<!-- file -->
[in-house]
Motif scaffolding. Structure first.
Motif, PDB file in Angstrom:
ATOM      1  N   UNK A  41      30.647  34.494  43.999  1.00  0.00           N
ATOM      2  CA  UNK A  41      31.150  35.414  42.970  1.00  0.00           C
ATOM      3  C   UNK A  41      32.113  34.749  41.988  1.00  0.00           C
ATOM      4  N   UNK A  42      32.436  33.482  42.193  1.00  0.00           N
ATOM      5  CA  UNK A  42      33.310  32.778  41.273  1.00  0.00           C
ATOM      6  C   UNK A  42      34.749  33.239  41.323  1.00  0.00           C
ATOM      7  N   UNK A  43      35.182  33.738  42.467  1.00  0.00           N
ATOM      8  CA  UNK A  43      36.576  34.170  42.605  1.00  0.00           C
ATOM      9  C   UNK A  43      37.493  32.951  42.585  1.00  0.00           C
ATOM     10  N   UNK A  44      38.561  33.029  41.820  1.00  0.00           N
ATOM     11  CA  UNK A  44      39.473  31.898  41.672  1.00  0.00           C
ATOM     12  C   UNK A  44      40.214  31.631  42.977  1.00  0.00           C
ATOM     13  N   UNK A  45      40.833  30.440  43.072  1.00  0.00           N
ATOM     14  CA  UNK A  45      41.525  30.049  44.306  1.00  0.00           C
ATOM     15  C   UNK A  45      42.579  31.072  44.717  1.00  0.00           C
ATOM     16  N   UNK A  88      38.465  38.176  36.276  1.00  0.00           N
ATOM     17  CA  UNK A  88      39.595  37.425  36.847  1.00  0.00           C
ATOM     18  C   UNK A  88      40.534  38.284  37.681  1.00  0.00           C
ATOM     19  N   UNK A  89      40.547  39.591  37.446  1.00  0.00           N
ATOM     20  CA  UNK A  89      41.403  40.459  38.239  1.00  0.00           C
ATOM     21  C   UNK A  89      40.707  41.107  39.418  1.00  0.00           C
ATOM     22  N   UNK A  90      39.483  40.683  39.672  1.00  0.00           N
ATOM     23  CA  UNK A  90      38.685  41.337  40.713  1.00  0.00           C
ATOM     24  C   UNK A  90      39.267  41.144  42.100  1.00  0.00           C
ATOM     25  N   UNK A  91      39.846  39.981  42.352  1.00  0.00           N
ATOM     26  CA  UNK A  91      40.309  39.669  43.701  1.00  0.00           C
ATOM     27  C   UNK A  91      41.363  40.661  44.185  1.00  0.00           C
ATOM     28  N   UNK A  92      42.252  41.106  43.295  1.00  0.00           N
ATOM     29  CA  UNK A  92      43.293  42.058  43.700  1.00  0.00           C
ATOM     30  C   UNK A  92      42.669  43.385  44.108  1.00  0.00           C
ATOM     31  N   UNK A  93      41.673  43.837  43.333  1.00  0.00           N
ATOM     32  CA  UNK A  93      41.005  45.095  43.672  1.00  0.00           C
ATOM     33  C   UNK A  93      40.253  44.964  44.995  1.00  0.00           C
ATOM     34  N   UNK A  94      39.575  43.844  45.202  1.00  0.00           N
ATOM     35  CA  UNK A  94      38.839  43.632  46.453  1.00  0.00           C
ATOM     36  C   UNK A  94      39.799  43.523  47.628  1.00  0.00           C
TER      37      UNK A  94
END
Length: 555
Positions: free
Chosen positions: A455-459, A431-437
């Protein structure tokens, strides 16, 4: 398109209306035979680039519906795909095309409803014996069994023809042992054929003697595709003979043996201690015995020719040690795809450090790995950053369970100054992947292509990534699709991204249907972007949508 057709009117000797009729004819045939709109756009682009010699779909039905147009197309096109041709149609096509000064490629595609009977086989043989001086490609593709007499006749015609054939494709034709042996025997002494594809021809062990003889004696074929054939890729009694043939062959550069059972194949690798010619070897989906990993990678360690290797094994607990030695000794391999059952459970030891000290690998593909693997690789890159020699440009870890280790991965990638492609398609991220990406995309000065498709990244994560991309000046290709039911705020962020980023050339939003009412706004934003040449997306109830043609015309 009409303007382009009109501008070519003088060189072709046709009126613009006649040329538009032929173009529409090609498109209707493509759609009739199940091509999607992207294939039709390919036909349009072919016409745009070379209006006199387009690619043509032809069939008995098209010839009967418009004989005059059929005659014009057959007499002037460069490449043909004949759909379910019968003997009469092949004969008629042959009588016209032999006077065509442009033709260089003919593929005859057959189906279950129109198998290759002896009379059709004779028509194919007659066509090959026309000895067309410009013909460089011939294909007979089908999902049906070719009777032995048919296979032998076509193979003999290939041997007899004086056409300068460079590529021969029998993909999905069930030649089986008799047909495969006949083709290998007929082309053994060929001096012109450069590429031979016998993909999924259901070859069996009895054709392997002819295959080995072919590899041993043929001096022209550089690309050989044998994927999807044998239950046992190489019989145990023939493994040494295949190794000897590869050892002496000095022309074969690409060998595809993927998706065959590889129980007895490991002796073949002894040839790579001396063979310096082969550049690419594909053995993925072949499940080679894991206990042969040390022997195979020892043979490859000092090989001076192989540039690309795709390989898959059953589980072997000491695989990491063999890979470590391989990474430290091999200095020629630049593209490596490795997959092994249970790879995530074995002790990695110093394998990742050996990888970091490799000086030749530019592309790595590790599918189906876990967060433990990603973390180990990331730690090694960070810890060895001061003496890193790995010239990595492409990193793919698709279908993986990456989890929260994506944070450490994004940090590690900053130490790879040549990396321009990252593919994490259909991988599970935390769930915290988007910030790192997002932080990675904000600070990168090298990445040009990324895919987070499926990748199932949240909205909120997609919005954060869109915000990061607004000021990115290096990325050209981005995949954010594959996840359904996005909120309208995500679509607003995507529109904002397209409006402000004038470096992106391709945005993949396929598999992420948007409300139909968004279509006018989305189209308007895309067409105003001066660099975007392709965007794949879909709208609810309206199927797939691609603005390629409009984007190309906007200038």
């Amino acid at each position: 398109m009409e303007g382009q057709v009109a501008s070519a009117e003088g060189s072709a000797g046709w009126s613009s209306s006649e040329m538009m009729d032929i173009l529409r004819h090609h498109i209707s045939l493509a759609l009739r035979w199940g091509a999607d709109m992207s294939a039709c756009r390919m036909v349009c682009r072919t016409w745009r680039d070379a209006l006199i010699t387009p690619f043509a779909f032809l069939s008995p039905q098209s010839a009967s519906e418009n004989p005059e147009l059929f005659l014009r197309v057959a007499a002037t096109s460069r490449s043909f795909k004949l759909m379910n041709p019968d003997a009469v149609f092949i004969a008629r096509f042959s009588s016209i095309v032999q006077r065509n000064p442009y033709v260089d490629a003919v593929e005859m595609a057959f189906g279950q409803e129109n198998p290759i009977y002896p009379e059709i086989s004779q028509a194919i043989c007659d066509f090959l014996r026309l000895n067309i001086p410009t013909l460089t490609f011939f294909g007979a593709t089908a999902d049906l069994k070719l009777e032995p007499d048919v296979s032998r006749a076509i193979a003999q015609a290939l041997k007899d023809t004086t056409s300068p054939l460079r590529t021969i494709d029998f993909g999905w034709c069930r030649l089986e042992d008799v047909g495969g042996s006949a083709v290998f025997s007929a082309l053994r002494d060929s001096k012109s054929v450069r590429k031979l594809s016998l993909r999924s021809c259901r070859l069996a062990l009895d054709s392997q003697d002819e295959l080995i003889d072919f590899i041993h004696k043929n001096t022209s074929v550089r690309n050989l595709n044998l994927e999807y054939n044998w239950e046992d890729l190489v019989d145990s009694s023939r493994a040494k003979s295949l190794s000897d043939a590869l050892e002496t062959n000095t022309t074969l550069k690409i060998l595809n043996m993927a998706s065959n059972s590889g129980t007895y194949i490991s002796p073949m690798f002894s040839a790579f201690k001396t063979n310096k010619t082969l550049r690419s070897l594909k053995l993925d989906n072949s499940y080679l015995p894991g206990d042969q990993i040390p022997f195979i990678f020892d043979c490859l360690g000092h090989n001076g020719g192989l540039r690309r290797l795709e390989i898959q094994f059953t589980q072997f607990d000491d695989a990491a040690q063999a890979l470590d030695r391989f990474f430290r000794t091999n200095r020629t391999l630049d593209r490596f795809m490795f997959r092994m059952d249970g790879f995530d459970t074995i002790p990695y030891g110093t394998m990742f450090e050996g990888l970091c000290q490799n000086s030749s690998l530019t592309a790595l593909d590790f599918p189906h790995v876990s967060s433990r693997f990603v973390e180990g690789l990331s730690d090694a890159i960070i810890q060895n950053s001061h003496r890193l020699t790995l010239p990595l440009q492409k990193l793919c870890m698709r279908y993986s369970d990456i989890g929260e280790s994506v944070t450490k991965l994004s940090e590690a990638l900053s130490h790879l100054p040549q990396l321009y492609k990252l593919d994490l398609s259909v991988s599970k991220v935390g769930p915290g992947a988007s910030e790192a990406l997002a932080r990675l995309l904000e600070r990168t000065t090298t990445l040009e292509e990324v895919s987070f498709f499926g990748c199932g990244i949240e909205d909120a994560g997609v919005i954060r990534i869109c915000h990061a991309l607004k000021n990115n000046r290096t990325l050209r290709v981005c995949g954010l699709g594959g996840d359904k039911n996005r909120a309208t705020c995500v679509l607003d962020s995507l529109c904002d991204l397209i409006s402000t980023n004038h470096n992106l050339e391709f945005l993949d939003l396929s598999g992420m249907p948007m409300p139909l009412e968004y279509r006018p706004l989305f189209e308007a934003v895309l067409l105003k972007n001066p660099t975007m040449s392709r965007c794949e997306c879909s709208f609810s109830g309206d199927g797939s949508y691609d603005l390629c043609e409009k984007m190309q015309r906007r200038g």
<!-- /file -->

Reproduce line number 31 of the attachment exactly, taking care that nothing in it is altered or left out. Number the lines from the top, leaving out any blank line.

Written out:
ATOM     28  N   UNK A  92      42.252  41.106  43.295  1.00  0.00           N